Intestinal Pseudo-Obstruction Clinical Presentation

Updated: Jul 23, 2018
  • Author: Burt Cagir, MD, FACS; Chief Editor: John Geibel, MD, MSc, DSc, AGAF  more...
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Presentation

History

Intestinal pseudo-obstruction (also referred to as acute colonic pseudo-obstruction [ACPO] or Ogilvie syndrome) occurs most commonly in debilitated, hospitalized patients with multiple medical problems and is associated with various medical and surgical conditions. [14, 27, 28, 29, 30, 31, 32] Surgical patients begin developing symptoms, which are often insidious in onset, an average of 3-5 days postoperatively. [2, 16, 25] Whether this disorder is associated with either medical or surgical conditions, the presenting signs and symptoms are similar.

Presenting symptoms include the following:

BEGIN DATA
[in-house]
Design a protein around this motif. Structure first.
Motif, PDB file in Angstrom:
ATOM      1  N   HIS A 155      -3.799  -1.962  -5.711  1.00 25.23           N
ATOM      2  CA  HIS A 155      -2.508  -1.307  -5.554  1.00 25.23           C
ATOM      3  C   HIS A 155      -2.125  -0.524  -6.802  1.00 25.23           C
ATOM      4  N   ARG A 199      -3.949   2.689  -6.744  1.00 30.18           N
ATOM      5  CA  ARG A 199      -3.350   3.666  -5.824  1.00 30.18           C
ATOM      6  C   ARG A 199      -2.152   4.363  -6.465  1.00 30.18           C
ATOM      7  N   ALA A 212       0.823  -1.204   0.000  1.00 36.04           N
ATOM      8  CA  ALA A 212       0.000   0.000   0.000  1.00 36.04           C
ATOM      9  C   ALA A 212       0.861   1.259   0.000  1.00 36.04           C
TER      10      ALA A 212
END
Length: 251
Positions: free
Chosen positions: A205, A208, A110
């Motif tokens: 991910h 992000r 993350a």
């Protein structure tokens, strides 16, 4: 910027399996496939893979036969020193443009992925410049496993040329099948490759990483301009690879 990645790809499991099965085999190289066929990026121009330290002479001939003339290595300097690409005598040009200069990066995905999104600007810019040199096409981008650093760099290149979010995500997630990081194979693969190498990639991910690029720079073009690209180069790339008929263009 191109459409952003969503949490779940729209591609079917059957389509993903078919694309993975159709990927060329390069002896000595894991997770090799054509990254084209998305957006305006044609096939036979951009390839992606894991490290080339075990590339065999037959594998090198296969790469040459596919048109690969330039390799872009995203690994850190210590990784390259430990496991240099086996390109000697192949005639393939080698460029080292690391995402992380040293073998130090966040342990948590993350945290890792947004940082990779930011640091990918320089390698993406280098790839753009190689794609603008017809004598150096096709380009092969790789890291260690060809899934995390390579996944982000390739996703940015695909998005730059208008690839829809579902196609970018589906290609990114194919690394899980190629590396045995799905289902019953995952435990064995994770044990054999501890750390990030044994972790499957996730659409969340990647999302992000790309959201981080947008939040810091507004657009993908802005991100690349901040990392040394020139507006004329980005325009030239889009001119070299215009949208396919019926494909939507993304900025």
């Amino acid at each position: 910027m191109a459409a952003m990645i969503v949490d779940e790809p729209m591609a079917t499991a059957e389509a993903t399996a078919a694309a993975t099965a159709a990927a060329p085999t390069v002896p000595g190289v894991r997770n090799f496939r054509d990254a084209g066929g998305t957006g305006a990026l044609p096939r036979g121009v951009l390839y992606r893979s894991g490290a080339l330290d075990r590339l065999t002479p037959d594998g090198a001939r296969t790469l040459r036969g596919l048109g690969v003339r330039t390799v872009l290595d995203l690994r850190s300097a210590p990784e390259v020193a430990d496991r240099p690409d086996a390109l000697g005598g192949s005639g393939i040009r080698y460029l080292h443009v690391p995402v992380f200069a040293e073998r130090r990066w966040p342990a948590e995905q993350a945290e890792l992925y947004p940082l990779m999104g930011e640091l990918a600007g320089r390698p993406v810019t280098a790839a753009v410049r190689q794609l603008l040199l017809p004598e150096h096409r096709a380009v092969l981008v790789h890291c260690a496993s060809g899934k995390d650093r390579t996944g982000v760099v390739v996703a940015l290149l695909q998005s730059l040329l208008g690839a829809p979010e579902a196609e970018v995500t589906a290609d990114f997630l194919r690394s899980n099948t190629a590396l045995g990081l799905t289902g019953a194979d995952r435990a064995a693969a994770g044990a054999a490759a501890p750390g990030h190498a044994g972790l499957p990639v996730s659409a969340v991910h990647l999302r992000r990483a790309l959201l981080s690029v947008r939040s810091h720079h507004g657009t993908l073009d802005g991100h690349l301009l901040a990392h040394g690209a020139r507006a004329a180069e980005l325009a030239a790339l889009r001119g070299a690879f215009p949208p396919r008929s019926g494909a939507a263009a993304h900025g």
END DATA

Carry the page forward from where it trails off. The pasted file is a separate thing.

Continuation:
• Abdominal pain (80%)

  • Nausea and vomiting (80%)

  • Obstipation (40%); as many as 40% may have a recent history of flatus or passage of stool

  • Fever (37%)

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Physical Examination

Physical findings may include the following:

  • Abdominal distention (90-100%)

  • Abdominal tenderness (64%)

  • Hypoactive, high pitched, or absent bowel sounds (60%); normal or hyperactive bowel sounds (40%)

  • Empty rectum on digital examination

Vanek et al documented the presence of abdominal distention in virtually all patients with colonic pseudo-obstruction. [16] A subsequent report by Grassi et al found that the most relevant clinical finding in Ogilvie syndrome is abdominal distention, which arises suddenly, has a progressive course, and may worsen. [41]

Abdominal tenderness is noted in patients with perforated or ischemic bowel and in patients with viable bowel. As a rule, no significant differences are noted in the symptoms of patients with ischemic or perforated bowel compared with patients with viable bowel, except for a higher incidence of fever.

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